http://www.cell.com/cell-metabolism/fulltext/S1550-4131(11)00455-4

    Uric acid is most commonly a marker for fructose overload and hepatic de-novo lipogensesis. In fact inflammation develops from adipose tissue stress (as in Figure 2), first with IL-1beta signaling then with IL-6 response. IL-6 later provokes the acute pahse response in the liver, including CRP.

    Reply
    1. Dr Robin Willcourt

      With over 2,000 patients now on (or trying hard to be) on a Low Carb High Fat (LCHF) diet, watching their biochemical changes has been illuminating. TC rises in most cases, falls in others, TGs plummet and HDL rises. LDL usually goes up. Oxidised LDL particles fall universally.
      Liver enzymes fall. Frustratingly the standard response to finding that a patient has Metabolic Syndrome or simply fatty liver is for the GPs to recommend fat restriction and to increase grains and fruits. This instantly makes it worse. But then there is metformin, rosuvastatin and ezetimibe to ‘fix’ everything. We are not on a learrning curve here, we are in free-fall.

      Reply
  37. Sylvia

    Have not heard this one, missed it completely. Just been for a pub lunch with family, one member on statins, had a TIA 2 years ago. He tells me he will be protected from dementia substantially because of this therapy. Beautiful day, collected my vit D in the garden, near to mid day. Have received my D tablets today, will purchase some Gouda and Brie to help K2 absorption. Blackbirds happily eating apples and pears, Blossom on apples and plum tree, not so many bees, sad.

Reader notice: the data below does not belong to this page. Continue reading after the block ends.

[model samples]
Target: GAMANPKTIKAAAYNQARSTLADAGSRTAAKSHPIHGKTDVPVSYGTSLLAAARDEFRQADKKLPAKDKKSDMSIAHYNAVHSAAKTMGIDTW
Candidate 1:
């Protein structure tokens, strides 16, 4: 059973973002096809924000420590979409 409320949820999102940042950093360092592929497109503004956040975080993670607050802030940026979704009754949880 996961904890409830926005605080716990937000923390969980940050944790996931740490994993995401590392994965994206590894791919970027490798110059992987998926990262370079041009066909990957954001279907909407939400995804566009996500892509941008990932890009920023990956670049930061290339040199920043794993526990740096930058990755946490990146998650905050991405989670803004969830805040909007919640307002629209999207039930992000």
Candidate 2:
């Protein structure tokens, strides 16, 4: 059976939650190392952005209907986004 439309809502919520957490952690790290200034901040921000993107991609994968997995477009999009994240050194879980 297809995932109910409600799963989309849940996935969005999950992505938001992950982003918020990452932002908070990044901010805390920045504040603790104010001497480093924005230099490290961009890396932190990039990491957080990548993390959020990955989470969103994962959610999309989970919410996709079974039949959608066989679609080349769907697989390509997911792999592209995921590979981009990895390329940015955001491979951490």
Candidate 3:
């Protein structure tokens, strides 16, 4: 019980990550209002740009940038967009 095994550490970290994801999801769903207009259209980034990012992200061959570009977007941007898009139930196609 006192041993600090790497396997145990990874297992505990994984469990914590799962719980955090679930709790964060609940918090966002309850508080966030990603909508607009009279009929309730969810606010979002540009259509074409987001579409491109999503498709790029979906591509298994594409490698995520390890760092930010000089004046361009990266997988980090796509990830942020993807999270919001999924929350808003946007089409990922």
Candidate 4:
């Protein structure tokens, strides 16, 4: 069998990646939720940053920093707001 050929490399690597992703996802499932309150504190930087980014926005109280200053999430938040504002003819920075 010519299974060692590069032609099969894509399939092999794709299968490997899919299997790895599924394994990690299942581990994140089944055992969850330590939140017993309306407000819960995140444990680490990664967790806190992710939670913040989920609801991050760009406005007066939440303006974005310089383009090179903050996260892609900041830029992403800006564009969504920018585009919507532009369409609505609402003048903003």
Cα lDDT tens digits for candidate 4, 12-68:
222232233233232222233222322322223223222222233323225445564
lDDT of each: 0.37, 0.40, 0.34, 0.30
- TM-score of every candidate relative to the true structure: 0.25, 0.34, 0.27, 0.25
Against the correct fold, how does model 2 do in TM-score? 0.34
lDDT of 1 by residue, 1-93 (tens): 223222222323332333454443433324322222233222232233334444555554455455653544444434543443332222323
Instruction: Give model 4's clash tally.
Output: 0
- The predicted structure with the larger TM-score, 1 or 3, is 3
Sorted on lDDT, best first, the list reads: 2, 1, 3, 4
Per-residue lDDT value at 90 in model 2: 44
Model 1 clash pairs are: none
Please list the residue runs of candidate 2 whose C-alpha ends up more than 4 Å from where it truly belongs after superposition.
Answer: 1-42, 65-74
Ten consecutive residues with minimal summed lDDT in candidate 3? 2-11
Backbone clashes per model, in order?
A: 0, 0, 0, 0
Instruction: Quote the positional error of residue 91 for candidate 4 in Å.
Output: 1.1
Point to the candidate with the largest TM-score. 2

Reply
    1. Gary Ogden

      Sylvia: Yes, pollinators are clearly on the ropes. Until a few years ago, our navel orange was so loud with the buzzing of wild honeybees that I could hear it across the yard. It no longer happens. The bloom is coming much earlier now, and I only saw a few this year, and couldn’t hear them at all. Same with all the other bee-friendly plants I have. Even the wild native bees and bumblebees have diminished. Bodes ill for the web of life, for the food supply.